Teacher learning communities composed of individuals from across the school will be a mixed bunch with enthusiasts, pragmatists and conscripts. From the business sector evidence would suggest that the best learning comes from creative, innovative working groups who disagree and have differences. Schools tend to have a very strong social culture which can prevent professional learning from taking place as judgements and disagreements are seen as social criticism rather that professional critique. So we are all happier but are we learning?
There is also the long held and rarely challenged idea that collaboration is a good thing. Most people would agree it is a force for good but TLC's can become a form of enforced collaboration which does not support the learning of the individual or the group.
So is learning as part of a medical model a better way to learn or is it just a different way to learn? If an evidence based professional is desired then ministers would have to leave decisions to what the evidence says and not offer policy that produces conformity and tells teacher how to learn. Whatever way we choose to move forward into a more evidence based profession it is absolutely apparent that teachers will require more time, space and skills to develop this practice.


Sunday, 1 May 2016

#WomedEd - Happy Birthday

This week I attended a first birthday party for #WomenEd at St Modan’s High School in Stirling. The birthday party was a national event organised by #WomenEd, our host was the lovely @MrsPert1.



To be honest I was a bit unsure as to what to expect. I was really pleased that #WomenEd is not about ‘girls together’ but is a grassroots movement which connects existing and aspiring leaders in education, who happen to be female. The partnership with Microsoft who's mission statement included a commitment to ‘support the empowerment of every person to realise their aspirations’ supports  #WomenEd in their aspiration for female leaders of the future in education.
The birthday party was pre-empted by a twitter chat on 21th April through #ScotEdChat.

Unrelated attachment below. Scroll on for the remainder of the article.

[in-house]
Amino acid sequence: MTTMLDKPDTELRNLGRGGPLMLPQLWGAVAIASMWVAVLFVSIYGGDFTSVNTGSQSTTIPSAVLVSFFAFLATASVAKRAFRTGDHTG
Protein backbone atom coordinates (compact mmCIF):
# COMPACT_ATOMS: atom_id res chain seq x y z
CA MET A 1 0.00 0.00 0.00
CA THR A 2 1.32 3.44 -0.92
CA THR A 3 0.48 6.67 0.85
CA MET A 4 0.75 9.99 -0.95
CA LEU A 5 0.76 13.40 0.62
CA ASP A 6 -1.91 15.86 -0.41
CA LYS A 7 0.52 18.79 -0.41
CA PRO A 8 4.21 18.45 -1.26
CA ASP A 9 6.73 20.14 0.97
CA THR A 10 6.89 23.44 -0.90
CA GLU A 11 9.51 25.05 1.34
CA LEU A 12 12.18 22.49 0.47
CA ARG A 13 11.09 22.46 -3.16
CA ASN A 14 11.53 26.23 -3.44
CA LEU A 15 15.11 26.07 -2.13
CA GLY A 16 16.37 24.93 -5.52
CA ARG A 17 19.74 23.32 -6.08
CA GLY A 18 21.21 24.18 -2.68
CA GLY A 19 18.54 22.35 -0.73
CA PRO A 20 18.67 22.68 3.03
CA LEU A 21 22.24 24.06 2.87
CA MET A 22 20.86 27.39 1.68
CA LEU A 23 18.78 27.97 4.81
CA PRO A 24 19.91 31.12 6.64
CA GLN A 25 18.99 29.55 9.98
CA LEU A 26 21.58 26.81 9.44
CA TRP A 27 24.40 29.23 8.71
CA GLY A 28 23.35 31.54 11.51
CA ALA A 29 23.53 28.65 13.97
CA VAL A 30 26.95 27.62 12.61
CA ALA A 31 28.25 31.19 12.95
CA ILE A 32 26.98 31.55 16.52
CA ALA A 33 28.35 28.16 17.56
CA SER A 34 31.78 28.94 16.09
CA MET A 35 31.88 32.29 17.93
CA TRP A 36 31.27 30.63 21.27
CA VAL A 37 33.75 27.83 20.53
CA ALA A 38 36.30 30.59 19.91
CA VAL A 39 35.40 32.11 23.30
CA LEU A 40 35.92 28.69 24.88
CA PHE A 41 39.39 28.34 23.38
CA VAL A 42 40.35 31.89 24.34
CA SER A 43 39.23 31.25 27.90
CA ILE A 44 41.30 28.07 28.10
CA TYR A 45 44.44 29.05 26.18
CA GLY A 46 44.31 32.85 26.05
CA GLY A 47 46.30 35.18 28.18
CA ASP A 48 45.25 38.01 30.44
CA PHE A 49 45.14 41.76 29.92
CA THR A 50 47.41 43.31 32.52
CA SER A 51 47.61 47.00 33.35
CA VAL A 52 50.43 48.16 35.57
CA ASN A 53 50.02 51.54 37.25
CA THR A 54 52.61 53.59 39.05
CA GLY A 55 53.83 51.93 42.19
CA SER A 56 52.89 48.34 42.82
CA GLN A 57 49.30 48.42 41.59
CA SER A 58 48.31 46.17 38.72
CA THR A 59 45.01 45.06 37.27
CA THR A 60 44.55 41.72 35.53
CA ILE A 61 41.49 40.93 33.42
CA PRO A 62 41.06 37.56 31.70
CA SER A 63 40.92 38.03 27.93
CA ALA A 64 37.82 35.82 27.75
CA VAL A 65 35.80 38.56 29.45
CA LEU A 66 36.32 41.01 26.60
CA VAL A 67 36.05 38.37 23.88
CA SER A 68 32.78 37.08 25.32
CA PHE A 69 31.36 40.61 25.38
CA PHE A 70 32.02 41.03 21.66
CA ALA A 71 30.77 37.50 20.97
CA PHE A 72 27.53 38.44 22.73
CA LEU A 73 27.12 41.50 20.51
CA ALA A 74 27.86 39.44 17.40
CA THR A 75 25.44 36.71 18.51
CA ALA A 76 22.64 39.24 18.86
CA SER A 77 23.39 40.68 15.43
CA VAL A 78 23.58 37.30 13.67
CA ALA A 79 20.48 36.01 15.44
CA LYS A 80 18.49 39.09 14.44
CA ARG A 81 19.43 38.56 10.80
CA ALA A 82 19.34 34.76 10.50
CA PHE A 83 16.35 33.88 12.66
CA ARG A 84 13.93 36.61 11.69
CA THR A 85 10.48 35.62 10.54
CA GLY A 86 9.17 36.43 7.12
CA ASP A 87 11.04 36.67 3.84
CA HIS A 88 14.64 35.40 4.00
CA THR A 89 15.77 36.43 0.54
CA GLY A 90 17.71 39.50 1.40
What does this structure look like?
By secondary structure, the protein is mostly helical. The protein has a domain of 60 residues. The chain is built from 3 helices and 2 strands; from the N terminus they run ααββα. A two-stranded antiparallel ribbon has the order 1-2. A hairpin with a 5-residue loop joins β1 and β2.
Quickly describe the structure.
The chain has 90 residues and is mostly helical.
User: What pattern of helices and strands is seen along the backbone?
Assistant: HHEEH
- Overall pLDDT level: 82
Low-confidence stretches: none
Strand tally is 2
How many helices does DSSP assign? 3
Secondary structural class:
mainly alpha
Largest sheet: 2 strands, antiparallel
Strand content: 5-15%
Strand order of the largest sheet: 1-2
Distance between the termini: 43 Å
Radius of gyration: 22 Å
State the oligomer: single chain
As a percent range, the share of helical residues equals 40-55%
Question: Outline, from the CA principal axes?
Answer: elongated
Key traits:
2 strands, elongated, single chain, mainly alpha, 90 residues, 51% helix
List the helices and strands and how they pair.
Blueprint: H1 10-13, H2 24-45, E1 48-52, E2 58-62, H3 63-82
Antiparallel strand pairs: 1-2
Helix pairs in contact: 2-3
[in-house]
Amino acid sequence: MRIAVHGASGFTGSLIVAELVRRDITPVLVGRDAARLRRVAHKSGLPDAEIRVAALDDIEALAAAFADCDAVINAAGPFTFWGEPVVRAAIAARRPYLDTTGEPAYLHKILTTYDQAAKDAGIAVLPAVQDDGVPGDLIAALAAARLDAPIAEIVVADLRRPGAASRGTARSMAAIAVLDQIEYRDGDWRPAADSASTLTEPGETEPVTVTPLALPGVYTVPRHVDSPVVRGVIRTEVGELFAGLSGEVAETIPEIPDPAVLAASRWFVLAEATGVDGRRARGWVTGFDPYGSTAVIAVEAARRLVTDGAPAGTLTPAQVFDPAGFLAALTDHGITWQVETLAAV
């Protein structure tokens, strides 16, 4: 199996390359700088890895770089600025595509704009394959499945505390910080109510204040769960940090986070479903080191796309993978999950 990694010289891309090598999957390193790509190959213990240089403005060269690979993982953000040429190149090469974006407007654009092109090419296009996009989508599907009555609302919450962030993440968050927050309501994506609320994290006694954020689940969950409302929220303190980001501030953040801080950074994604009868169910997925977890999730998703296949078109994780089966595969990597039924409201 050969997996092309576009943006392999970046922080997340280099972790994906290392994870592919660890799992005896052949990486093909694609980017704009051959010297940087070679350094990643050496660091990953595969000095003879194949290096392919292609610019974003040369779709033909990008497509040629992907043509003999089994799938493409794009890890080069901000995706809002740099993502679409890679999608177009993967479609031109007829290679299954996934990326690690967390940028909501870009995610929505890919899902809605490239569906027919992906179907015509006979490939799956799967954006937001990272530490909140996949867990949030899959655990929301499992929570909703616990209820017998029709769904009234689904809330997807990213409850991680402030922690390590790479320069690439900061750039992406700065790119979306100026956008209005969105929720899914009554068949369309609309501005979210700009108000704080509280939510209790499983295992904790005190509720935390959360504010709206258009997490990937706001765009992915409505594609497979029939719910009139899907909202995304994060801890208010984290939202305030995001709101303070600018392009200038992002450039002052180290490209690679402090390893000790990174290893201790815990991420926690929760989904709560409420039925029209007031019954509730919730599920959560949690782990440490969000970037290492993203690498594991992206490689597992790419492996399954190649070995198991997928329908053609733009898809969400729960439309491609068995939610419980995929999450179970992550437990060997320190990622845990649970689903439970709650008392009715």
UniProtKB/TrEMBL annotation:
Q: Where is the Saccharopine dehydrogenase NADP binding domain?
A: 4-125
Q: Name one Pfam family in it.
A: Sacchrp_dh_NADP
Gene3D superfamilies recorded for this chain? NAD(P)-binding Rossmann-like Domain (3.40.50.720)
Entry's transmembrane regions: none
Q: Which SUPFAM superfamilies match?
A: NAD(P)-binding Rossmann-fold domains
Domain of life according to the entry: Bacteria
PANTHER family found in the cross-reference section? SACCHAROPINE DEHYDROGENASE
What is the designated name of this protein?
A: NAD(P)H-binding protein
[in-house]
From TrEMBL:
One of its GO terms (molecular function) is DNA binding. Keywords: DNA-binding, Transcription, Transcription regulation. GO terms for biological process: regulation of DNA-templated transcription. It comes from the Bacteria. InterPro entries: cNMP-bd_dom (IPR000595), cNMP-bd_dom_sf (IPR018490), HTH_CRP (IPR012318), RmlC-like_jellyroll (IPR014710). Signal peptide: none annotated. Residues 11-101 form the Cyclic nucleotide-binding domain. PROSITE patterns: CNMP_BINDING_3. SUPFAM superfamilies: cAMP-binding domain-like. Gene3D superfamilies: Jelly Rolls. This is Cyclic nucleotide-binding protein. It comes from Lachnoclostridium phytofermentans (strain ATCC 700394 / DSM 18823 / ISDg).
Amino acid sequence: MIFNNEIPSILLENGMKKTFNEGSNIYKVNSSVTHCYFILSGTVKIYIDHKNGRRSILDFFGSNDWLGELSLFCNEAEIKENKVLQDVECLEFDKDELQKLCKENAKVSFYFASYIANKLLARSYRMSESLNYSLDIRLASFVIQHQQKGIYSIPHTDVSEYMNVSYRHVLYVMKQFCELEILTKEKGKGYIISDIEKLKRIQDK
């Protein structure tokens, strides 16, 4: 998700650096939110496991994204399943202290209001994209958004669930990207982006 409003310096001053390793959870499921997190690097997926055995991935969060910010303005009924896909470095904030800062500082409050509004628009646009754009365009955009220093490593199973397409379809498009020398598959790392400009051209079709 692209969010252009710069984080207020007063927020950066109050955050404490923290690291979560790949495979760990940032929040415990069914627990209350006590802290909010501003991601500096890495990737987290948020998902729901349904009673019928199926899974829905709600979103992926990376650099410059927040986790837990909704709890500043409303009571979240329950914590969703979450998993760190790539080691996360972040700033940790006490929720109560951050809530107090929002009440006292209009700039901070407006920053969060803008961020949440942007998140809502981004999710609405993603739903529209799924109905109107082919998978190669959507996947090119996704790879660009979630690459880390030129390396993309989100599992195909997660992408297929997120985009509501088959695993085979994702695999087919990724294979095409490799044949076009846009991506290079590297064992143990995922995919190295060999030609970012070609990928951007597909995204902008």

I found myself feeling a bit unsure as the questions about the glass ceiling, leadership traits etc. which make me feel awkward, as I am a strong advocate of nurturing talent, whether that is found in a male or female, but perhaps this is more of a reflection of my own journey. I was interested in the slide from the presentation giving the % of female to male in the workforce and then leadership roles, see below.



Why is the percentage of the workforce not reflected in the percentage in promoted roles?

#WomenEd is based on eight values which are; clarity, communication, connection, confidence, collaboration, community, challenge and change, the 8C’s. For me personally, I are more interested in the #clarity element which raises lots of questions;
What are the issues? Why is there a gender bias (conscious or unconscious)? What about other bias? Is the issue greater for women (and men) of ethnic minority backgrounds? How can we make education more attractive to male graduates? What are the barriers for males coming into education? Why predominantly female? Why is there no partner organisation, MaleEd? What are the barriers? Is there a glass ceiling? (There are definitely differences in how male and female approach promotions and advancement in their career.) How can #WomenEd support and build capabilities, challenge impostor syndrome?

There is no quick fix, the challenges and barriers are complex and interconnected but #WomenEd is a good place to collaborate with like-minded individuals and build a community that can be the drivers of change.

If you want to find out more, the website site, here, has a load of information about the movement and is a good place to start. Both yammer and twitter are being used extensively to build the #WomenEd community. After 1 year there are now 4,500 twitter followers, 500 users on Yammer and 150+ blogs on StaffRm. Regional Leaders are being recruited to host small scale #Leadmeets and there is going to be an Unconference in August in Scotland.